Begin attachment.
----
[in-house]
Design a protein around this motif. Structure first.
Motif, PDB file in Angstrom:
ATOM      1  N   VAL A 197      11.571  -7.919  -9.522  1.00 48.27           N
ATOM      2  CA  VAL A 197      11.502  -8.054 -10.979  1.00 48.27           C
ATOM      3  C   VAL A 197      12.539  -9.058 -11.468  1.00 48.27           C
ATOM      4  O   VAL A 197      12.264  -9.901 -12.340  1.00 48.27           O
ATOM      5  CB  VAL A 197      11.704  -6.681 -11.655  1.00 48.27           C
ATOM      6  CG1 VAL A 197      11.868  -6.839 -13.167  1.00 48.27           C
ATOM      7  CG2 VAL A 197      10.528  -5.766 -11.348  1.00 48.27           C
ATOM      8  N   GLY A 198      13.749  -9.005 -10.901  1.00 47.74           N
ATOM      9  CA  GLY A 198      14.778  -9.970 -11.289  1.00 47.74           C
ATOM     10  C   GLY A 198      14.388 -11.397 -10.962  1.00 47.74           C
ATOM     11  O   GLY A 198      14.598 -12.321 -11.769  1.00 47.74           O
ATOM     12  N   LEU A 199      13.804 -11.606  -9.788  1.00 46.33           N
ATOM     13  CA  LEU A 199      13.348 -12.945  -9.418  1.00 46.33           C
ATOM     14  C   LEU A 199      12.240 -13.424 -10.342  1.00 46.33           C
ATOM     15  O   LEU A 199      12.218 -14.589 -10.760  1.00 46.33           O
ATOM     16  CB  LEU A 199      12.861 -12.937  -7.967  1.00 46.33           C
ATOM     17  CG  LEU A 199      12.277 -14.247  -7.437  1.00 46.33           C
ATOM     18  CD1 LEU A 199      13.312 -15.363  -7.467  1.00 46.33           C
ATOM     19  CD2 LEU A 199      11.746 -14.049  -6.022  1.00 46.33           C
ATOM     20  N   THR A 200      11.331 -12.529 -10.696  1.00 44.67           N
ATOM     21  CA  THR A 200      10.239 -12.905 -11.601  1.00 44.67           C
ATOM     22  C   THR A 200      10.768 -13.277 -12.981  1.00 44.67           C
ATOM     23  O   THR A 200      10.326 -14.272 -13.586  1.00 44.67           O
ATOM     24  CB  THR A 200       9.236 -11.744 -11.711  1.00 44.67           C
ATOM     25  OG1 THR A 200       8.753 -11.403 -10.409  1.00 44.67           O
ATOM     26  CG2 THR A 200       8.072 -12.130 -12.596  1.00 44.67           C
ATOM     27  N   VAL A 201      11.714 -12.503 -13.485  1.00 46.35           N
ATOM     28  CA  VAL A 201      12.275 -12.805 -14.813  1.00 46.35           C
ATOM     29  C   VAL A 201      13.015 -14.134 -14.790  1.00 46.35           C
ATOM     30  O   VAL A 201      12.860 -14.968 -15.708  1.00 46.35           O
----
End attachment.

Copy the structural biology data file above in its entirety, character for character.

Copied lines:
[in-house]
Design a protein around this motif. Structure first.
Motif, PDB file in Angstrom:
ATOM      1  N   VAL A 197      11.571  -7.919  -9.522  1.00 48.27           N
ATOM      2  CA  VAL A 197      11.502  -8.054 -10.979  1.00 48.27           C
ATOM      3  C   VAL A 197      12.539  -9.058 -11.468  1.00 48.27           C
ATOM      4  O   VAL A 197      12.264  -9.901 -12.340  1.00 48.27           O
ATOM      5  CB  VAL A 197      11.704  -6.681 -11.655  1.00 48.27           C
ATOM      6  CG1 VAL A 197      11.868  -6.839 -13.167  1.00 48.27           C
ATOM      7  CG2 VAL A 197      10.528  -5.766 -11.348  1.00 48.27           C
ATOM      8  N   GLY A 198      13.749  -9.005 -10.901  1.00 47.74           N
ATOM      9  CA  GLY A 198      14.778  -9.970 -11.289  1.00 47.74           C
ATOM     10  C   GLY A 198      14.388 -11.397 -10.962  1.00 47.74           C
ATOM     11  O   GLY A 198      14.598 -12.321 -11.769  1.00 47.74           O
ATOM     12  N   LEU A 199      13.804 -11.606  -9.788  1.00 46.33           N
ATOM     13  CA  LEU A 199      13.348 -12.945  -9.418  1.00 46.33           C
ATOM     14  C   LEU A 199      12.240 -13.424 -10.342  1.00 46.33           C
ATOM     15  O   LEU A 199      12.218 -14.589 -10.760  1.00 46.33           O
ATOM     16  CB  LEU A 199      12.861 -12.937  -7.967  1.00 46.33           C
ATOM     17  CG  LEU A 199      12.277 -14.247  -7.437  1.00 46.33           C
ATOM     18  CD1 LEU A 199      13.312 -15.363  -7.467  1.00 46.33           C
ATOM     19  CD2 LEU A 199      11.746 -14.049  -6.022  1.00 46.33           C
ATOM     20  N   THR A 200      11.331 -12.529 -10.696  1.00 44.67           N
ATOM     21  CA  THR A 200      10.239 -12.905 -11.601  1.00 44.67           C
ATOM     22  C   THR A 200      10.768 -13.277 -12.981  1.00 44.67           C
ATOM     23  O   THR A 200      10.326 -14.272 -13.586  1.00 44.67           O
ATOM     24  CB  THR A 200       9.236 -11.744 -11.711  1.00 44.67           C
ATOM     25  OG1 THR A 200       8.753 -11.403 -10.409  1.00 44.67           O
ATOM     26  CG2 THR A 200       8.072 -12.130 -12.596  1.00 44.67           C
ATOM     27  N   VAL A 201      11.714 -12.503 -13.485  1.00 46.35           N
ATOM     28  CA  VAL A 201      12.275 -12.805 -14.813  1.00 46.35           C
ATOM     29  C   VAL A 201      13.015 -14.134 -14.790  1.00 46.35           C
ATOM     30  O   VAL A 201      12.860 -14.968 -15.708  1.00 46.35           O